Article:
New Delhi: Enhanced penalty to the tune
of Rs five lakh along with a minimum jail term of five years,
and empowering enforcement officials are some of the key
features of a proposed Bill by the Centre to check rampant
wildlife crime in the country.
With the present Wild Life (Protection) Act, 1972
failing to curb wildlife smuggling, the proposed amendments in
the draft bill prepared by the Environment Ministry also seek
to increase the efficiency of the prosecution process to
ensure higher conviction rate.
It also bans trade in peacock tail feathers and
articles made from them, a key demand of conservationists for
preventing poaching of the national bird.
"The aim is to give the law more teeth as well meet the
changing requirements with criminals becoming more organised
and posing constant challenge to the enforcement agencies," a
senior official from the ministry said.
As per draft Bill, The Wild Life (Protection)
Amendment Bill, 2010, those found guilty of offences related
to animals listed in Schedule I or part II of Schedule II will
be sentenced to a jail term between five to seven years with a
fine of Rs five lakh against present fine of Rs 10,000.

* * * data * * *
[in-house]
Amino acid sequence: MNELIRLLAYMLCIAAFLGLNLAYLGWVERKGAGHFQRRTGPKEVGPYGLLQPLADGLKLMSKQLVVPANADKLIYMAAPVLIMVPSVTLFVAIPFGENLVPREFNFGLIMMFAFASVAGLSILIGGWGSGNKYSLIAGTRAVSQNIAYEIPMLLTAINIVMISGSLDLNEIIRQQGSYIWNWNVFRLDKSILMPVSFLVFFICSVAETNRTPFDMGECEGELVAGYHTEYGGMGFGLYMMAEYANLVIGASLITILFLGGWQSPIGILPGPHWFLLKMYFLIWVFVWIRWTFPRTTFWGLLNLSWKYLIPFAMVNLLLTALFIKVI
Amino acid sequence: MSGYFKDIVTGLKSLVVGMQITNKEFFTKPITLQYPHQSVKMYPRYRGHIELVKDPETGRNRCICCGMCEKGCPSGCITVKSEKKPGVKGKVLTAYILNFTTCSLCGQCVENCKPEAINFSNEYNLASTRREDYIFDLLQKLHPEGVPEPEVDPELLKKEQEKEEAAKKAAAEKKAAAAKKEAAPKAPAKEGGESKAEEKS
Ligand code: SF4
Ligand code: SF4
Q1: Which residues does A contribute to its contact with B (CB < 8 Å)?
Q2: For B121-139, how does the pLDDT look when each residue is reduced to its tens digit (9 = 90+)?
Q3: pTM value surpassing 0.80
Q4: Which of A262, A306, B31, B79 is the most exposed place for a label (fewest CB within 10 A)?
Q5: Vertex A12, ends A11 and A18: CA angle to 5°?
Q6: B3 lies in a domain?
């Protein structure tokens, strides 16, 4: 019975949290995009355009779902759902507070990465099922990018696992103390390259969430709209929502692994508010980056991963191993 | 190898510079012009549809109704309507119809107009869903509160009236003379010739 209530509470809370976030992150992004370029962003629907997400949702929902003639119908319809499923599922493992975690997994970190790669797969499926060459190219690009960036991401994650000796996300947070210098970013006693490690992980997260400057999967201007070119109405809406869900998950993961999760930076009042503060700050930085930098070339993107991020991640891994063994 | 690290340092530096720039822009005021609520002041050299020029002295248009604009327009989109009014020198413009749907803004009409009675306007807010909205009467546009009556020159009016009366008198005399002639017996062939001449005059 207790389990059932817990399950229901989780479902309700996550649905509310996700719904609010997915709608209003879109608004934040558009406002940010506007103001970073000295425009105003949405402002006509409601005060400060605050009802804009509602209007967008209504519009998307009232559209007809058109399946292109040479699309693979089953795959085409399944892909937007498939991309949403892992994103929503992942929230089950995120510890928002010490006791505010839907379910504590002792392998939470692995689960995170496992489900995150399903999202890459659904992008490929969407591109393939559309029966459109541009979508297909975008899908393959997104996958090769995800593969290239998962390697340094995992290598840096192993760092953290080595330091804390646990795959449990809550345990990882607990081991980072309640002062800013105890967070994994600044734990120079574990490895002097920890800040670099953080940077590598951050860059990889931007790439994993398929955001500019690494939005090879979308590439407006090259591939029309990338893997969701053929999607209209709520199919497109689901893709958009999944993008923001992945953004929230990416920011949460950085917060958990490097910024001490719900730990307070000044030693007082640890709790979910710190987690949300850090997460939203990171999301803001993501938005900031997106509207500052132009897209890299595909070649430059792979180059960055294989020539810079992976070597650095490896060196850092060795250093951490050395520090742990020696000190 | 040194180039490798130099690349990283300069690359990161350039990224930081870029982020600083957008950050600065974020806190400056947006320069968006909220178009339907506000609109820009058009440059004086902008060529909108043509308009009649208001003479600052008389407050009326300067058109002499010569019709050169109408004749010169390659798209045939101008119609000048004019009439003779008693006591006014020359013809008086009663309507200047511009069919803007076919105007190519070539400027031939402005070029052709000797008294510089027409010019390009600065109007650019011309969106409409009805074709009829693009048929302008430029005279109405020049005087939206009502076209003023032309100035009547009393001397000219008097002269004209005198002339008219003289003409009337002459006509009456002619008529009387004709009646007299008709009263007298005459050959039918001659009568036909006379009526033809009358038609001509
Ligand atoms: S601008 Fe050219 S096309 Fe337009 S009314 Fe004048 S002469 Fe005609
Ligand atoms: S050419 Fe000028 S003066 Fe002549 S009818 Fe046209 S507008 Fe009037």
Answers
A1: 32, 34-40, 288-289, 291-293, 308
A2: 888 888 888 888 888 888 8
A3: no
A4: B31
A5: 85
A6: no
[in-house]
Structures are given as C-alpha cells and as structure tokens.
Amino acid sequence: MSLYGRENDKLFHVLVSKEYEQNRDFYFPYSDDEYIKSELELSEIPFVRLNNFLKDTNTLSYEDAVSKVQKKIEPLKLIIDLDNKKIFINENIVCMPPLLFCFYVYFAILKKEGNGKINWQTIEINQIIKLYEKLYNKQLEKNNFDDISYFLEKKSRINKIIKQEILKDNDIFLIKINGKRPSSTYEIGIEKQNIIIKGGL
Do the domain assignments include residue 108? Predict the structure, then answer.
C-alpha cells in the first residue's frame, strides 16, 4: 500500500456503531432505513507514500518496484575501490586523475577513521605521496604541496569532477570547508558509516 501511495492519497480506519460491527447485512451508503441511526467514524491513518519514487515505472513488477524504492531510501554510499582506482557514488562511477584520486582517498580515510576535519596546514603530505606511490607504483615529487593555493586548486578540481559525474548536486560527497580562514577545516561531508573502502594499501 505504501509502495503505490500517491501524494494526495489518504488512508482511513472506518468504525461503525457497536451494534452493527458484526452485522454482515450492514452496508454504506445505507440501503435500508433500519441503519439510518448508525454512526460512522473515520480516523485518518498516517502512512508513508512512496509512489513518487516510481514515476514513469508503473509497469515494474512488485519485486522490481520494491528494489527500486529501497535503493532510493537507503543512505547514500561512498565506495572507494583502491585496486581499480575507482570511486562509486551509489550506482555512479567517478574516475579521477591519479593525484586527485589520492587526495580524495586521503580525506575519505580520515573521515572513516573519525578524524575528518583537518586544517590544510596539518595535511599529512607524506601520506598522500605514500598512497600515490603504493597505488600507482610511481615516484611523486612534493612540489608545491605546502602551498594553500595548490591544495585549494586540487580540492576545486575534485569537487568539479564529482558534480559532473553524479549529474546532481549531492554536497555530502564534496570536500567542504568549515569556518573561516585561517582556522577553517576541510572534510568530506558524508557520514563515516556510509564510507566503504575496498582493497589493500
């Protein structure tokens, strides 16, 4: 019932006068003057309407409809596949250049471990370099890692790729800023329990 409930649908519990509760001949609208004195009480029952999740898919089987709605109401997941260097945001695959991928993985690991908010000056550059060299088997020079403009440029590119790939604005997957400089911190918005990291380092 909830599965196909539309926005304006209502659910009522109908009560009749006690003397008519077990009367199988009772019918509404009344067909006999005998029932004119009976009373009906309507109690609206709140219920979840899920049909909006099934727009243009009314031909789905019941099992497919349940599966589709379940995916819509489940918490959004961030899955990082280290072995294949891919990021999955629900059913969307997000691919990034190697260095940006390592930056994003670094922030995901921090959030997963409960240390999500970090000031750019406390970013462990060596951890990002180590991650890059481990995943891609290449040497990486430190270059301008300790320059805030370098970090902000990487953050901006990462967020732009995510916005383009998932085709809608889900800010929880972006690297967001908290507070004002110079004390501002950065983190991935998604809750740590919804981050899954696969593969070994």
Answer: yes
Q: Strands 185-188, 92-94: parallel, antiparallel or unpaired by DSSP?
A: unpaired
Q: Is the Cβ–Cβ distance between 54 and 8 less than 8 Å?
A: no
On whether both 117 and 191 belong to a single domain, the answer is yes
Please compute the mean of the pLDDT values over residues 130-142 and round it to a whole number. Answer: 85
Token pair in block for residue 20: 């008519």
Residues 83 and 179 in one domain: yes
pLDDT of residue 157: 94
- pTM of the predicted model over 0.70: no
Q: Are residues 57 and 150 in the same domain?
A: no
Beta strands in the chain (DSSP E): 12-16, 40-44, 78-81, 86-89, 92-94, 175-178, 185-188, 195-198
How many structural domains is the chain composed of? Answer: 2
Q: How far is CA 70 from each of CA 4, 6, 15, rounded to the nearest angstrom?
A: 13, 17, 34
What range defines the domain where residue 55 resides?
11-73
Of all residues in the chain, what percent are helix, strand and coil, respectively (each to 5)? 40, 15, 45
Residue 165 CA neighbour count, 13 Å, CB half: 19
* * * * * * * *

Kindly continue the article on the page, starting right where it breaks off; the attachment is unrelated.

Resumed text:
The prison term and fine will increase simultaneously
in case of a second or subsequent offence.
To ensure higher conviction rate, the proposed
legislation empowers the judge or magistrate to allow
detention of the accused, in custody of the forest department,
for a period of upto seven days to facilitate investigation
into the case.
It is aimed at ensuring greater harmony with the
provisions of Convention on the International Trade in
Endangered Species of Wild Fauna and Flora (CITES) which
regulate the international trade in endangered species of
animals and plants.
With organised poachers conveniently using leg hold-traps
to kill the endangered animals like tiger and leopard, the
proposed bill bans the sale, manufacturing and use of the
gadgets and regulates their possession as well.
"These specific traps are dangerous devices that can
cause grave damage to even human beings, and are not regulated
by any law at present. The use of these traps, in general, is
already a violation of the Prevention of Cruelty (Capture of
Animals) Rules, 1979," says a release by the ministry.
Aimed to be as progressive as it could be, the draft
Wildlife Bill has several new features when compared to the
For instance, new Section 49M does not allow any
person to possess, artificially cultivate, breed in captivity
or trade in an exotic species or scheduled specimen.
Yet another new Section 49F in the Bill states that
"an officer not below the rank of Additional Director General
of Forests will be heading the Management Authority which
would be responsible for issuance of permits for regulating
the import, export and re-export of any scheduled specimen."
The draft also attempts to address the issue of
wildlife research as well to promote independent scientific
research and imposes obligations upon the Central Government
to frame comprehensive rules and procedures governing the
The government has invited suggestions and comments
from various stockholders on the draft Bill.